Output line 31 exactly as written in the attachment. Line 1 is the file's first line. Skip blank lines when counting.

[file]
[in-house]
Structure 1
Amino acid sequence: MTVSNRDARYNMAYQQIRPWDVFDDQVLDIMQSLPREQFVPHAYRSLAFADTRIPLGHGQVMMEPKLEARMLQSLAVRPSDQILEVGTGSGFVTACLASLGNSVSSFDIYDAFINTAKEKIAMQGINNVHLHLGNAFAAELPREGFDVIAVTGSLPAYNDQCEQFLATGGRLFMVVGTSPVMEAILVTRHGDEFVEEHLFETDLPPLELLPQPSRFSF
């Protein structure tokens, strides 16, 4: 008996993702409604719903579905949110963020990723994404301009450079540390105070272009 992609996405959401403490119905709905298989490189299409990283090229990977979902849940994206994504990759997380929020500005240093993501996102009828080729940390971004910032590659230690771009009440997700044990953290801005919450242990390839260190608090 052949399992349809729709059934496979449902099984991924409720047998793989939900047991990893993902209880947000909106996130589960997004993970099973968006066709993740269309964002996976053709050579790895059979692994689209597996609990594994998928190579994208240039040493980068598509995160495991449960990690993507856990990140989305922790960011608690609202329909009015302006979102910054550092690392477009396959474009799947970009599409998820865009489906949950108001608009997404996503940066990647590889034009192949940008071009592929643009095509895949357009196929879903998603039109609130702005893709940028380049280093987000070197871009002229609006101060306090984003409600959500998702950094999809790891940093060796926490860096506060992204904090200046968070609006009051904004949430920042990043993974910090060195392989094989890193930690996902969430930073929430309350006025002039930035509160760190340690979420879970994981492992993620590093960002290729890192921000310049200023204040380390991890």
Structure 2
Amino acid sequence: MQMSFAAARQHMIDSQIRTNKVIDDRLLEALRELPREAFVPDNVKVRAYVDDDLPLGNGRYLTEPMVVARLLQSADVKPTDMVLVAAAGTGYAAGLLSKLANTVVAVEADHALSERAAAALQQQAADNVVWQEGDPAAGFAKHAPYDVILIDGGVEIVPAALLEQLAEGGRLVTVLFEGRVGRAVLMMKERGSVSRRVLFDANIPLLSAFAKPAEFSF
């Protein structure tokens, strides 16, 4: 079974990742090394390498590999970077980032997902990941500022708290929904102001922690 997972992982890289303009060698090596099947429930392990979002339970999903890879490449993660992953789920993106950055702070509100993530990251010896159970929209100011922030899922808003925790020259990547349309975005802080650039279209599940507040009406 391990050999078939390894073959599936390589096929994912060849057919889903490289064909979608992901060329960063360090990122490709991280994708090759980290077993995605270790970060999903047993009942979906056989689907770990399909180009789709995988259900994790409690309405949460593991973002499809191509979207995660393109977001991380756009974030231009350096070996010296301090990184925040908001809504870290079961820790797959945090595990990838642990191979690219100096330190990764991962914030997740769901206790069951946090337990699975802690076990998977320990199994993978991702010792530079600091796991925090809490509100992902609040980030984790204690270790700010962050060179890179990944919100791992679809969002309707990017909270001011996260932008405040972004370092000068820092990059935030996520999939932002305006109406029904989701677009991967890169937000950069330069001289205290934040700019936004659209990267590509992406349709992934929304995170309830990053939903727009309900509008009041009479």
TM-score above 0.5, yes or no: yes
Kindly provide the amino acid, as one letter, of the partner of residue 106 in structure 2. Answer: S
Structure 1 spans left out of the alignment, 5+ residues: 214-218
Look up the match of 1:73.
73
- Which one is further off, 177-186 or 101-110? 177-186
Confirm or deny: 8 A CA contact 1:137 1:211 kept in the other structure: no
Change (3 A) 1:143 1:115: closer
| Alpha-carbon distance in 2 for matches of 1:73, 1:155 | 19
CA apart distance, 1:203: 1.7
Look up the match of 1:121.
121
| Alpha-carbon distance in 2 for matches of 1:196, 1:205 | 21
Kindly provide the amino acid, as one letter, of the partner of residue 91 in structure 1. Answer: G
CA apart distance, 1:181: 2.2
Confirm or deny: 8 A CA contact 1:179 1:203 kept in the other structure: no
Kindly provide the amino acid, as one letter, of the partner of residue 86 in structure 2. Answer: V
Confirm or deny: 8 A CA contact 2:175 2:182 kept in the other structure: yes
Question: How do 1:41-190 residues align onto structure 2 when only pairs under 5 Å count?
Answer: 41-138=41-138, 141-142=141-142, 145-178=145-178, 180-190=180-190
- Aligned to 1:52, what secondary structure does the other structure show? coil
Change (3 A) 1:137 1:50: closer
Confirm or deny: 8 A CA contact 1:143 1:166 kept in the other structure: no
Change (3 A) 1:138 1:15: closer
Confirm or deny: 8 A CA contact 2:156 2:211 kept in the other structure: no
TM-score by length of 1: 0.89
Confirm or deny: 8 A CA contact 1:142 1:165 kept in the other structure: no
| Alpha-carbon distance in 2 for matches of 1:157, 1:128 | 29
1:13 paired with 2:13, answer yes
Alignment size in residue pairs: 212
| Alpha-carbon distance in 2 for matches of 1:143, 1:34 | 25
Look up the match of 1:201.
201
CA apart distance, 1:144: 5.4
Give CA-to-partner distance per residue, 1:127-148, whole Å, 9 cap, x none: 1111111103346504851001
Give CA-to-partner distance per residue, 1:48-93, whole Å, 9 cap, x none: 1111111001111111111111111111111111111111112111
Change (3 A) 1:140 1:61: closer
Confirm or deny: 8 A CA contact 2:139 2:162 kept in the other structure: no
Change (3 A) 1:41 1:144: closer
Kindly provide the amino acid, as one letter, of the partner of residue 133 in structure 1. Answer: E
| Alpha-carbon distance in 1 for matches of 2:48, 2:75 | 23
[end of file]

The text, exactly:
Change (3 A) 1:138 1:15: closer